Live review: Arcade Fire @ the 1stBank Center

“We haven’t played in forever,” Win Butler told the Colorado crowd on Saturday, the first night of Arcade Fire’s spring tour. The audience was none the wiser. The eight-piece band missed hardly a cue, chord change or head-bob at the 1stBank Center on Saturday — even if the show, itself, lacked the raw energy of past performances.

For Arcade Fire to (mostly) fill the 6,500 capacity arena is an accomplishment, itself. The band, which first played the cavernous Larimer Lounge in the warehouse district while touring behind its masterful debut album, “Funeral,” several years ago, has reached a level of success reserved for so few “indie” acts. Saturday’s show, no doubt made possible by Butler and Co.’s “Album of the Year” trophy at this year’s Grammy Awards, was a strong outing, though it could have been stronger.


New songs from their best-selling 2010 release “The Suburbs” dominated the set list, and fans were forced to wait patiently for glimpses of 2007’s “Neon Bible” and 2004’s “Funeral.” And while inspired takes on “Modern Man,” “Empty Room” and “Sprawl II (Mountains Beyond Mountains)” sounded crisp and refreshing, the bulk of the new material lacked the sense of triumph that justifies Arcade Fire as an arena rock act.

Still, there were more hits than misses on this inaugural night. The stage design — a minimalist take on a drive-in movie lot (or carnival grounds, possibly) — aided to rather than interfered with the complexities of the music. Three large screens displayed roving visuals of winding roads, the night sky and ancient black and white film strips in near-flawless synchronization to the moody music. The multimedia presentation reached its apex when Butler pounded out the honky tonk piano chords of the title-track “The Suburbs” beneath Spike Jonze’s music video of mischeivous teenage boys cruising cul-de-sacs on bicycles in sunny Austin, Tex.

For a band so tethered to the Montreal scene of the last decade, so much of Arcade Fire is rooted in modern Americana. However, rather than nostalgia for western saloons or lonesome highways, the Houston-born Win and bandmate/brother William seem more concerned with the “plastic” vision of the American dream as made famous by films like “The Graduate.” Standing under strings of kitschy used-car-lot-flags, the sprawling group with weird clothes, weirder haircuts and megaphones beckoned the call, “Wake up!”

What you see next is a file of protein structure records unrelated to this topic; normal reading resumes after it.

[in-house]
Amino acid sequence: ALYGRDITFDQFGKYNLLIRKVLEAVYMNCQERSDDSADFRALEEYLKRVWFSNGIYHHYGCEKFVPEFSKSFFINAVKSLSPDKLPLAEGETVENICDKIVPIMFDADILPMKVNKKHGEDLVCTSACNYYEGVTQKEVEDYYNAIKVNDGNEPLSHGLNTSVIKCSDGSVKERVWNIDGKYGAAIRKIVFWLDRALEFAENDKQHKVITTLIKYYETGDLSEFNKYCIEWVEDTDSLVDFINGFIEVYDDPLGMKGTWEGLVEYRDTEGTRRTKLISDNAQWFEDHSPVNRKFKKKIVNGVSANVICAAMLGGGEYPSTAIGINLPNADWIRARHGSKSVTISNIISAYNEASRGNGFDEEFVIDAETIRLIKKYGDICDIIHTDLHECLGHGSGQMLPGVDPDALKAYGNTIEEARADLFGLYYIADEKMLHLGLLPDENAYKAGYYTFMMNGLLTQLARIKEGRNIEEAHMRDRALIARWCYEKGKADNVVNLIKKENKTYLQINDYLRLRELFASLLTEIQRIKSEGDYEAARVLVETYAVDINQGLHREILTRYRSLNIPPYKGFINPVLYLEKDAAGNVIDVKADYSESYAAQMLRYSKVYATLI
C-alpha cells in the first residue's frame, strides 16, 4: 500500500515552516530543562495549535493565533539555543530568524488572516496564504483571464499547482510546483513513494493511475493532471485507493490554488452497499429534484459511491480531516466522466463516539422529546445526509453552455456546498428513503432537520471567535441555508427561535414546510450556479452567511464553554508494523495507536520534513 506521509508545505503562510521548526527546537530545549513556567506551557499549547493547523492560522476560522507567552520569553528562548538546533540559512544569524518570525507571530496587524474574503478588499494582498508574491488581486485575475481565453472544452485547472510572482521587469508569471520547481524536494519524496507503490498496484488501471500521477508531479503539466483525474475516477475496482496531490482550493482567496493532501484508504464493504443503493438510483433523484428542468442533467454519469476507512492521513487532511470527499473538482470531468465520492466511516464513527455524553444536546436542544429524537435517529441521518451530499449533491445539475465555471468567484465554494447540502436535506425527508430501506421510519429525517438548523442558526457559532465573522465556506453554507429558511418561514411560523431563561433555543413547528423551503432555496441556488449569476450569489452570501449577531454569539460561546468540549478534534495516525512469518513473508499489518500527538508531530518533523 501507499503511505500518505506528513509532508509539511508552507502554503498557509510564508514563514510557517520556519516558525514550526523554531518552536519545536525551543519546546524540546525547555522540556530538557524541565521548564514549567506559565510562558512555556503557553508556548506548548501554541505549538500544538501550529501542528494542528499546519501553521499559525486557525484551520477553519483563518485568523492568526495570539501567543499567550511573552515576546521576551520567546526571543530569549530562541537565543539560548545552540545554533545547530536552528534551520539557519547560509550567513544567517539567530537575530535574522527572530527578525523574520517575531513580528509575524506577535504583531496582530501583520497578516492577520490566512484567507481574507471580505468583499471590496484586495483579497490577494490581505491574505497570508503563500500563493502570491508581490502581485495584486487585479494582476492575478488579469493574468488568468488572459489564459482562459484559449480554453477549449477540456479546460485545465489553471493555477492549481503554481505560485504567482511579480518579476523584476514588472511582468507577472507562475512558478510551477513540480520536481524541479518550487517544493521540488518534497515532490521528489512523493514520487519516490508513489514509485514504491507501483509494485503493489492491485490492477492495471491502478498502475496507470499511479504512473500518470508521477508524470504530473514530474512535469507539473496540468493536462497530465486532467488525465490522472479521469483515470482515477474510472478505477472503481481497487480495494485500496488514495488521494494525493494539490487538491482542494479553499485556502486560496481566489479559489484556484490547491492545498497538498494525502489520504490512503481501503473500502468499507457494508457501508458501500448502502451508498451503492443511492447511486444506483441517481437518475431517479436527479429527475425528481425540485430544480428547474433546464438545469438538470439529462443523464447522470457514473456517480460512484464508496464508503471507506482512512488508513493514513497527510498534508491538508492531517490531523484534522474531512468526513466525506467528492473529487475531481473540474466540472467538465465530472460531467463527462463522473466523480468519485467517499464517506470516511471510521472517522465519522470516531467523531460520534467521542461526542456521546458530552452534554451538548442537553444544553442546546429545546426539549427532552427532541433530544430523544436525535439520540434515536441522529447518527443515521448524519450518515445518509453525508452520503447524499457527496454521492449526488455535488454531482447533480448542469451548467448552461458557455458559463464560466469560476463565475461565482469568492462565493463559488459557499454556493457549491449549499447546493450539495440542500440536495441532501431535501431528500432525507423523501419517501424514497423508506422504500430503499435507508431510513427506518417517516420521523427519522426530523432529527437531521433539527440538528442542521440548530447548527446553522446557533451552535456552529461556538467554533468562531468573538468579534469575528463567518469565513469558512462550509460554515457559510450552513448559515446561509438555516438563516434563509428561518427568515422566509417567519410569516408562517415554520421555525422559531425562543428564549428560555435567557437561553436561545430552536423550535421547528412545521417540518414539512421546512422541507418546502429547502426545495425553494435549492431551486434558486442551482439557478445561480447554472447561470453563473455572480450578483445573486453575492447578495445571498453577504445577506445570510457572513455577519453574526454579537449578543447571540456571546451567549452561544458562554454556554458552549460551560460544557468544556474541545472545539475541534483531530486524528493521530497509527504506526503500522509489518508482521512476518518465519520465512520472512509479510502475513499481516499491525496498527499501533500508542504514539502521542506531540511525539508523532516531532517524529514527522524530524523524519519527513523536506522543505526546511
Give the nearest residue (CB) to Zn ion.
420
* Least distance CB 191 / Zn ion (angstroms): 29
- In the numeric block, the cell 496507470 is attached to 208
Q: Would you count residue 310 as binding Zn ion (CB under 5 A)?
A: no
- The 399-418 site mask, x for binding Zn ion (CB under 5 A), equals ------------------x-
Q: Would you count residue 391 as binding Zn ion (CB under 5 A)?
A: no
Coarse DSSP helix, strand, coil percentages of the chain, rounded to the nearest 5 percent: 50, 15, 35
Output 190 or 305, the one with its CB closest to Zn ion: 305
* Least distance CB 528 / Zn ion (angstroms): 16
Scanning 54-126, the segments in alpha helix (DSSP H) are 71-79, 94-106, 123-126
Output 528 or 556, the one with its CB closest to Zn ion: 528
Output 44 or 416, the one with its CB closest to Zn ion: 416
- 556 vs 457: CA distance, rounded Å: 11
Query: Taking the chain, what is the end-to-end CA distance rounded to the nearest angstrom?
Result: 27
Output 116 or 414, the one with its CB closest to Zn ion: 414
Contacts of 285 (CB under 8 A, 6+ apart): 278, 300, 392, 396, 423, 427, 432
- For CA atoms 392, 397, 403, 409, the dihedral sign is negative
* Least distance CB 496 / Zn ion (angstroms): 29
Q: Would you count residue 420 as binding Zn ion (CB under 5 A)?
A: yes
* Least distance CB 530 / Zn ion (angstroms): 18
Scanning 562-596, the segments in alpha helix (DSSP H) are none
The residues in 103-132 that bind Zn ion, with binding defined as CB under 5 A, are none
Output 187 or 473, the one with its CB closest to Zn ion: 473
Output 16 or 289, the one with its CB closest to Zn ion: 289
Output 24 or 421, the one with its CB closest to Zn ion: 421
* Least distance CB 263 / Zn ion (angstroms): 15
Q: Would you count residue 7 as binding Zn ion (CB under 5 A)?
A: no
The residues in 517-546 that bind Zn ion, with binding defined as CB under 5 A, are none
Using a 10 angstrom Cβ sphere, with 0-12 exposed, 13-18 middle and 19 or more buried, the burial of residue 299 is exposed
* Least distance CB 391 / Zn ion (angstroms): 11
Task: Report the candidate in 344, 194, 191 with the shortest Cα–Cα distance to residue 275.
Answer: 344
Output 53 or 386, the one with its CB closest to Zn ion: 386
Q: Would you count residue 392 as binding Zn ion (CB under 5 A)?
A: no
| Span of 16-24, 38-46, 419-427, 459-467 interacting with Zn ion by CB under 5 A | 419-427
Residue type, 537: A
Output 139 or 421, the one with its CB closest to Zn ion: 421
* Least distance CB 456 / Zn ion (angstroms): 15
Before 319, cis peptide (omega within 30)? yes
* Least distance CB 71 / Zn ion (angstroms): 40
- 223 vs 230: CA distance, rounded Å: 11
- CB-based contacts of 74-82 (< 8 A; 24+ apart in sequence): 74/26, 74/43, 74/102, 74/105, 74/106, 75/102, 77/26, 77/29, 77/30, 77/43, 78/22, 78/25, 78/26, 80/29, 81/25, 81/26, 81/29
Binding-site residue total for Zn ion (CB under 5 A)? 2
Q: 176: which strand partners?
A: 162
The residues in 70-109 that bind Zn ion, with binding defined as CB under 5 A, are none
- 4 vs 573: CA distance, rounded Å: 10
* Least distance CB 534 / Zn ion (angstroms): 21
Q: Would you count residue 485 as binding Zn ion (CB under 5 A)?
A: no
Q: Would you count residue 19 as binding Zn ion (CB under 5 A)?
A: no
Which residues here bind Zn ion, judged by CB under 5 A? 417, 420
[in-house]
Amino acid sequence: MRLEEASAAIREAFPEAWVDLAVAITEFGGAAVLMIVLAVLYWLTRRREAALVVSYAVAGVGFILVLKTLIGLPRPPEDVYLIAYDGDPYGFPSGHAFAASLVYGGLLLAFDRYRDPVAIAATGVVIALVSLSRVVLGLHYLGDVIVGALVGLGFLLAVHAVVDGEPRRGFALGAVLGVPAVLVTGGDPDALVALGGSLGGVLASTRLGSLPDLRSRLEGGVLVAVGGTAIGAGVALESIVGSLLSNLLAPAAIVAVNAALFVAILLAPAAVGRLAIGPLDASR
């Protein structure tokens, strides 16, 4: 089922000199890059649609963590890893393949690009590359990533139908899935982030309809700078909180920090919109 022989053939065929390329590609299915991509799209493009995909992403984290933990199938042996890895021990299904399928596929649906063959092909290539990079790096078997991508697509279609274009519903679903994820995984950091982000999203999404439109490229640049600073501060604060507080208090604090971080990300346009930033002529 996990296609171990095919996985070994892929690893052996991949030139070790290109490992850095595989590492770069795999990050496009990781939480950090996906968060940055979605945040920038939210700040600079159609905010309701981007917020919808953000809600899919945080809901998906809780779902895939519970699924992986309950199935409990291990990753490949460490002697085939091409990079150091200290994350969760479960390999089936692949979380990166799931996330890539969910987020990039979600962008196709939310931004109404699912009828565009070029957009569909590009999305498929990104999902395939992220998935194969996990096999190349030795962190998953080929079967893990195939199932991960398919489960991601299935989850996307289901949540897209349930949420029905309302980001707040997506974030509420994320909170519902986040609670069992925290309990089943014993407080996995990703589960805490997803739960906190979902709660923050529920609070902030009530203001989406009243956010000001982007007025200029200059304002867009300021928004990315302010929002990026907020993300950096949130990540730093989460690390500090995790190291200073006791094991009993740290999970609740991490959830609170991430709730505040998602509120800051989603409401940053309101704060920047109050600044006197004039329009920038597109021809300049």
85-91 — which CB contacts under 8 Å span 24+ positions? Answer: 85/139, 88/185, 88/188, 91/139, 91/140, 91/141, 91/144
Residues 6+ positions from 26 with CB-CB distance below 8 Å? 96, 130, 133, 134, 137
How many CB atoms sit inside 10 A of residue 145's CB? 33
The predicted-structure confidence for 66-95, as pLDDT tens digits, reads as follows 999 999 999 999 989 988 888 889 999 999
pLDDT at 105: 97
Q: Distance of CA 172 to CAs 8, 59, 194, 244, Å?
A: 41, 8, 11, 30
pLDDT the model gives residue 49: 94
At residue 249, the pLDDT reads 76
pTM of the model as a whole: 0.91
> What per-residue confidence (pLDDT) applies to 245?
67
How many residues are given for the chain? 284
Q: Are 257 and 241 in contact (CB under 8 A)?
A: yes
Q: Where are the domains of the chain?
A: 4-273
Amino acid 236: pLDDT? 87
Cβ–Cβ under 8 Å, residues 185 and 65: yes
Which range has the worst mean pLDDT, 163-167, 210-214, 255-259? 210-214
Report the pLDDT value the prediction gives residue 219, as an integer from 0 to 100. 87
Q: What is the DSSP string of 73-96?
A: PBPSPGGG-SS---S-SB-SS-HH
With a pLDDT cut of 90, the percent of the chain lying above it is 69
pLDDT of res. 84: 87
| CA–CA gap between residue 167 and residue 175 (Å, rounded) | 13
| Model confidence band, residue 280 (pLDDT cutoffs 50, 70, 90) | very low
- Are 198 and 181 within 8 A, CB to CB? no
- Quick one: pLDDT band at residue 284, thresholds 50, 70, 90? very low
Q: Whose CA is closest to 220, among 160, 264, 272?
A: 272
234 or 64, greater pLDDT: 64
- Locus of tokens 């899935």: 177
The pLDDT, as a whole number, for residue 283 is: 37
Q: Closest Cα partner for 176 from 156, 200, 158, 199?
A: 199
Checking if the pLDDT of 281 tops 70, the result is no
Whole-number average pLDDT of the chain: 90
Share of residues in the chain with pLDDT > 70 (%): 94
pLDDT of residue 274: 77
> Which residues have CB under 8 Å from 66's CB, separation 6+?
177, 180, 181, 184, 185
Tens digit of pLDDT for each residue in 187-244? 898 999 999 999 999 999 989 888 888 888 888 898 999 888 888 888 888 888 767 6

That song, no doubt receiving the best reception of the night, was an allegory for how a band of outcasts with string instruments and distorted guitars could beat the Nashville machine with proper storytelling of this American moment — as they did at the Grammys in February. And even with its massive audience sing-a-long, “Wake Up” ran a distant second to the transcendent “Neighborhood #1 (Tunnels)” — the first of a three-song sprint that included “Neighborhood #3 (Power Out)” and “We Used To Wait.”

Los Angeles indie-rock band Local Natives opened the show with an energetic, satisfying set comprised of choice cuts from their debut album “Gorilla Manor.”

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John Hendrickson is the Managing Editor of Reverb and a multimedia journalist for The Denver Post.

Nathan Iverson is a Denver photographer and regular contributor to Reverb.